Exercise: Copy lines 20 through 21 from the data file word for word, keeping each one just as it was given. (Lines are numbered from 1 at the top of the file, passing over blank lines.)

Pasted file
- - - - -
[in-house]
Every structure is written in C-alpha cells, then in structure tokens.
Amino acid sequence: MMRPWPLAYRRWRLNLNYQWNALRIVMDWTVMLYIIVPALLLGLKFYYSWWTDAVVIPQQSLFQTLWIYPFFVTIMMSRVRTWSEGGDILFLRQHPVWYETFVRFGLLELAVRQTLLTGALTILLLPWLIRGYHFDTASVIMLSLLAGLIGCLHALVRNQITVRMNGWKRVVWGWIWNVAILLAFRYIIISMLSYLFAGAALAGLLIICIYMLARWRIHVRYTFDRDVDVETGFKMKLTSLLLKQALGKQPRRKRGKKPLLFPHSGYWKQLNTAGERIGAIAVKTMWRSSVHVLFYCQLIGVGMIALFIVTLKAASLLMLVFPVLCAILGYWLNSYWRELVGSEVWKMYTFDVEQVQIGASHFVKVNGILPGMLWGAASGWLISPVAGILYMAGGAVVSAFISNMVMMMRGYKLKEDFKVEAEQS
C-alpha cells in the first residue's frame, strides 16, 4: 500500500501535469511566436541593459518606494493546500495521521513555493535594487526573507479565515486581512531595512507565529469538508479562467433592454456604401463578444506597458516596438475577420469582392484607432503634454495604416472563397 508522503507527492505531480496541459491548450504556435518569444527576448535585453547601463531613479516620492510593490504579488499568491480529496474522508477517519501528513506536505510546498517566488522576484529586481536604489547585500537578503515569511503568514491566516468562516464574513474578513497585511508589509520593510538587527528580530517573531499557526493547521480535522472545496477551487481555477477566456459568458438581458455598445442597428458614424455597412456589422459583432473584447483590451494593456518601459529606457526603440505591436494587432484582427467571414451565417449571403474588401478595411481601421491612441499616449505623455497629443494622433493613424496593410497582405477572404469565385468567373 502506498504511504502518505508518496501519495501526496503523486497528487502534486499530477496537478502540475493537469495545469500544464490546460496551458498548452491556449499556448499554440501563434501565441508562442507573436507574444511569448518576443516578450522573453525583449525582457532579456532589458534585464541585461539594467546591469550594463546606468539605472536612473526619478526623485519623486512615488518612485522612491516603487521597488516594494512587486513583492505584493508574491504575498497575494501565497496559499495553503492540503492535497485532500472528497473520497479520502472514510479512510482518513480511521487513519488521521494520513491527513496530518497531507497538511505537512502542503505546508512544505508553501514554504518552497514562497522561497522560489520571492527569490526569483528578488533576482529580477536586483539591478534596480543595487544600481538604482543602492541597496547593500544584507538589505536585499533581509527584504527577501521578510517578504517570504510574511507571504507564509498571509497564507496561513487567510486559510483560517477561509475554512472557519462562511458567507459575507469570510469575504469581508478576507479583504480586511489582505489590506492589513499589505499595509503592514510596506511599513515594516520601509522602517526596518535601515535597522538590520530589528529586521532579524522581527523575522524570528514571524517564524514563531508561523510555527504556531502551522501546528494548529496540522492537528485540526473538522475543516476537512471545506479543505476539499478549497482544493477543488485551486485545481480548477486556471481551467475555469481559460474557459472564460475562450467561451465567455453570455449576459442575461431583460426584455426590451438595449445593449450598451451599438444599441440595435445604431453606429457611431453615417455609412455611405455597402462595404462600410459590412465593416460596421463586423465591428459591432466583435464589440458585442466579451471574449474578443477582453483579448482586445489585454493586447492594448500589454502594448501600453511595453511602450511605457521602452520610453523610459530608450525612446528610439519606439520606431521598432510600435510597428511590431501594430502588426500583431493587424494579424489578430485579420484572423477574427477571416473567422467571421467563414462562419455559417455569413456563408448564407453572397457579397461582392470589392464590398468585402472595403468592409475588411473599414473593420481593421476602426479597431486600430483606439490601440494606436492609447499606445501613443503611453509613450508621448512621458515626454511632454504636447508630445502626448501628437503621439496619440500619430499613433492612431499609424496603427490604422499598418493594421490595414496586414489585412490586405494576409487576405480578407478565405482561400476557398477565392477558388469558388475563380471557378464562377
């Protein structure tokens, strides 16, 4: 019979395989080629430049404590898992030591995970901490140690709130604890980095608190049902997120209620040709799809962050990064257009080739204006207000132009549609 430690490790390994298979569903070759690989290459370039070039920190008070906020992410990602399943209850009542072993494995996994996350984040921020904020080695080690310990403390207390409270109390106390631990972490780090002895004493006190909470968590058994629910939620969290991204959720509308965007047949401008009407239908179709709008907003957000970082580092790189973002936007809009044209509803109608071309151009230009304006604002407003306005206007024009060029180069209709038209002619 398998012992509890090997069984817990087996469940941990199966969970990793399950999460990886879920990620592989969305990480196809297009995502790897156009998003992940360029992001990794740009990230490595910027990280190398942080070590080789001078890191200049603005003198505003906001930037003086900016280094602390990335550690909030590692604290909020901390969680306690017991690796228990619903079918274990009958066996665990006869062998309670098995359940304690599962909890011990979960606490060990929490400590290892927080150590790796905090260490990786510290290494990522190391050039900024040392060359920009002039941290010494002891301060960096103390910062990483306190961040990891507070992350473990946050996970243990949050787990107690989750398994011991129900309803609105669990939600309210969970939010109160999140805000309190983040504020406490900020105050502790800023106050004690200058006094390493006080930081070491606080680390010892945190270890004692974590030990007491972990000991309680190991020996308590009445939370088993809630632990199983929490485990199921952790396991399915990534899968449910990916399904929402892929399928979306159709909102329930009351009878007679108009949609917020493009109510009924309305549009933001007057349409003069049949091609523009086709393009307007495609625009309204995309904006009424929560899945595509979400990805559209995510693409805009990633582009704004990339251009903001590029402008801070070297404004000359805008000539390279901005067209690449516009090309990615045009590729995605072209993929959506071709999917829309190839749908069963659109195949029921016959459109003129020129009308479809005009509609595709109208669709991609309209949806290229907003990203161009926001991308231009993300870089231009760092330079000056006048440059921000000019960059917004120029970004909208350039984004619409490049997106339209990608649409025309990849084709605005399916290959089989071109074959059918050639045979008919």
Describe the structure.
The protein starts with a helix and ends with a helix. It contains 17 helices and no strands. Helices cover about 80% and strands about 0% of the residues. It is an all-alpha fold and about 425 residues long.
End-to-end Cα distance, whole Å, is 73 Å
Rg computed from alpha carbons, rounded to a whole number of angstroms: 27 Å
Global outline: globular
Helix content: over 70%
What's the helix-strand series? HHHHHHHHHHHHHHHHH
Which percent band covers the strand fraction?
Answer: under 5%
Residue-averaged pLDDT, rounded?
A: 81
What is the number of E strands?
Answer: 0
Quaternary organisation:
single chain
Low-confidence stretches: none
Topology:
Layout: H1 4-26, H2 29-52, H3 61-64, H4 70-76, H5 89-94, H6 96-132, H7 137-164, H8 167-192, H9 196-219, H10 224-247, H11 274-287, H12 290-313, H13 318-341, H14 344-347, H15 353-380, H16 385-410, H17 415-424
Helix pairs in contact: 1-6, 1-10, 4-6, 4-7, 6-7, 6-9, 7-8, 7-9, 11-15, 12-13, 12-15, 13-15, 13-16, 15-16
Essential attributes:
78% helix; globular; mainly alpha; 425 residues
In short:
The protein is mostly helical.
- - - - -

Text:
single chain
Low-confidence stretches: none